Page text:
Described by Annie Clark, aka St Vincent, as “glamour that hasn’t slept for three days”, Daddy’s Home, her sixth studio album, channels the pre-gentrified New York of CBGB’s and block parties, of queer subculture and nascent disco/ hip hop experiments. We’re talking 70s seediness here, with the atmosphere of Warhol starlets haunting places – indeed, Candy Darling is referenced, even getting her own song to close the album, a sad-eyed country downer.

Produced alongside Jack Antonoff, there is a huge emphasis on funk and gospel, but a greater focus, too, on lived experience – the slinky but savage Down for example, addresses her father’s incarceration, as well as the sassy title track, and The Laughing Man sounds submerged in water, as Clark coos, in a detached way, “If life’s a joke, I’m dyin’ laughin'”. She may be wearing yet another persona, but her songs feel more real, more exposed.

Clark always seems most effective when there’s a push and pull – the push of slickness; versus the pull towards something darker and dangerous. Earlier songs like Cruel from Strange Mercy, deftly exemplified this before, Disney sweetness with mascara running and bursts of guitar shredding. So it is with lead single, Pay Your Way In Pain which takes the feline early funk of Prince and puts a female twist onto it, with its teasing delivery and unmistakable Clark guitar lines.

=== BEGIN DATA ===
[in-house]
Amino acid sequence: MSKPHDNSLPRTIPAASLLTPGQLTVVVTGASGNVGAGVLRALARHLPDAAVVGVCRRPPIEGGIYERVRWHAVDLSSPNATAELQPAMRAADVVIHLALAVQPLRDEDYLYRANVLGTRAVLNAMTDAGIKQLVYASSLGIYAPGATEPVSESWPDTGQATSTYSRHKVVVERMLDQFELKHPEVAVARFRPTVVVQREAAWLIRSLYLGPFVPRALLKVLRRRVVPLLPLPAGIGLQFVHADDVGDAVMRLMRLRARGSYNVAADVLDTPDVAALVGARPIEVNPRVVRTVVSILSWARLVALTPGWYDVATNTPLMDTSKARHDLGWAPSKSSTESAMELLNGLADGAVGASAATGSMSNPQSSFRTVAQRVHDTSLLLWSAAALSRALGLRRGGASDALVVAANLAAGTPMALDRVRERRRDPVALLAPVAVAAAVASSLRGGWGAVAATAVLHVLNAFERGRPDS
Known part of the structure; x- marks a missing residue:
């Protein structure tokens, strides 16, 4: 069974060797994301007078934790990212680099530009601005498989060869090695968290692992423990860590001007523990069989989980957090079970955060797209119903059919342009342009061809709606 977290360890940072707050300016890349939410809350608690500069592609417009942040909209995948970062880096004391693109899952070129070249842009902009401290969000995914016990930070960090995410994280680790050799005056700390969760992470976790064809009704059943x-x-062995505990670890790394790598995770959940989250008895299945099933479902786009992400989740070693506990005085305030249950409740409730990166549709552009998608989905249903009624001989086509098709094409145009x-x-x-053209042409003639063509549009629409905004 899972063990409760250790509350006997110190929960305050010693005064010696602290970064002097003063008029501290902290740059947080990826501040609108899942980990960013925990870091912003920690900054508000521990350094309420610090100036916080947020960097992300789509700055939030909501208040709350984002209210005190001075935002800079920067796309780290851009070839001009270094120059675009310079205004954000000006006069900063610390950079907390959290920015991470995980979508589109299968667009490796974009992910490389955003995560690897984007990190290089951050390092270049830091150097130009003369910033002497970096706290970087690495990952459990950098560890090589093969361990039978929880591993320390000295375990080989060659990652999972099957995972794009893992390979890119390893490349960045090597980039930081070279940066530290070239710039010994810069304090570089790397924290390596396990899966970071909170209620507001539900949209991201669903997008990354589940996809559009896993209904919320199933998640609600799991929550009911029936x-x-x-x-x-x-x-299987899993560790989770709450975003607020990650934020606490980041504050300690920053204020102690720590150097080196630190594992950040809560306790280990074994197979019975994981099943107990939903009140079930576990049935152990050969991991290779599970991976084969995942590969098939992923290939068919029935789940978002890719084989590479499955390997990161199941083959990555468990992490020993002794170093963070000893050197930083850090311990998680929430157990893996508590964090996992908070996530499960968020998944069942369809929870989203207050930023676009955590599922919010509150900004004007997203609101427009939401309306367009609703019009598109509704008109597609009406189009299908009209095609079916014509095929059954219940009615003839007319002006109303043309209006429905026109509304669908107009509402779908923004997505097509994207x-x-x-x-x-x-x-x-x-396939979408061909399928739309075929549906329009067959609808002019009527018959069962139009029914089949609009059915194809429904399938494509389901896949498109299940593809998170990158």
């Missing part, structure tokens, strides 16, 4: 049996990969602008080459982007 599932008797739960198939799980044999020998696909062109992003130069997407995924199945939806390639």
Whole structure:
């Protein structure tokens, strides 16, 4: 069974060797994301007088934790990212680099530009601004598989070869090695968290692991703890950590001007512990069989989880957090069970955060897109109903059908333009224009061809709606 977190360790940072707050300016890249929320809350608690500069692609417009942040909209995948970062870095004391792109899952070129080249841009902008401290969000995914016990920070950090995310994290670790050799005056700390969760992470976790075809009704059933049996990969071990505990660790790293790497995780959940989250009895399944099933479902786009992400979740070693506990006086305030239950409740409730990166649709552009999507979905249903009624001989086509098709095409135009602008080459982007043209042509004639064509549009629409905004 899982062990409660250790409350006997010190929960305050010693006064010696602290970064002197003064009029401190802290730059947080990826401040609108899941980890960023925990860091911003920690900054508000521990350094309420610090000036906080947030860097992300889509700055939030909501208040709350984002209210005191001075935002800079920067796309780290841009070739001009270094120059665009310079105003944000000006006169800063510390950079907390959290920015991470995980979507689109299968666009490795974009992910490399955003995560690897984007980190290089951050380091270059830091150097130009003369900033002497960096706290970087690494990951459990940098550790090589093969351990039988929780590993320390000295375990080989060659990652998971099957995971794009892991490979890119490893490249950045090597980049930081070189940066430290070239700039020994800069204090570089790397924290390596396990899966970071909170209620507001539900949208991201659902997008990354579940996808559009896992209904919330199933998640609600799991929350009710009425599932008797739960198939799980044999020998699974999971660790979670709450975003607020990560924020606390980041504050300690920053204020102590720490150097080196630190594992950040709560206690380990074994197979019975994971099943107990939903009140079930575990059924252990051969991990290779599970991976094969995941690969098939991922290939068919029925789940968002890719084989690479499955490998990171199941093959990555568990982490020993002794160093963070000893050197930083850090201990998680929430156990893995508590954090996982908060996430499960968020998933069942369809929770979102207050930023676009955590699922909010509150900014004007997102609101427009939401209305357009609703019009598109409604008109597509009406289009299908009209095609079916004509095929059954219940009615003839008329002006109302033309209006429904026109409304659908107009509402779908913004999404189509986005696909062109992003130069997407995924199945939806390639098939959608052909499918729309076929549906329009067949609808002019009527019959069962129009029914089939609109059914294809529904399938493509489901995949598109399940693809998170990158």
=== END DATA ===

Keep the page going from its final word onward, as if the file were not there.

The nod to Sheena Easton’s 9 To 5 melody line on My Baby Wants A Baby is an unexpected twist, and there’s another reference to female icons in The Melting Of The Sun, a stoned nursery rhyme taking in Marilyn Monroe, Nina Simone, Tori Amos and Joni Mitchell, and begging to see them as women first and foremost, rather than the images they’ve been reduced to.

Best of all are the kaleidoscopic Down And Out Downtown, with its sitar and strings, which sit nicely alongside Clark’s new, more relaxed vocals, and the gorgeous, affecting Somebody Like Me, all wistful sighs and pedal steel guitar. It sounds like an aching hangover after a weekend bender with Harry Nilsson, full of rumination, trying to piece together what happened.

There may be perfect manicured nails scratching at this album’s grooves then, but there’s also a claw-like grip on subversion. Never underestimate Clark and her ability to U-turn. It’s a sad, subtle and deliberate move away from her trademark knowing pop. Introspection suits her.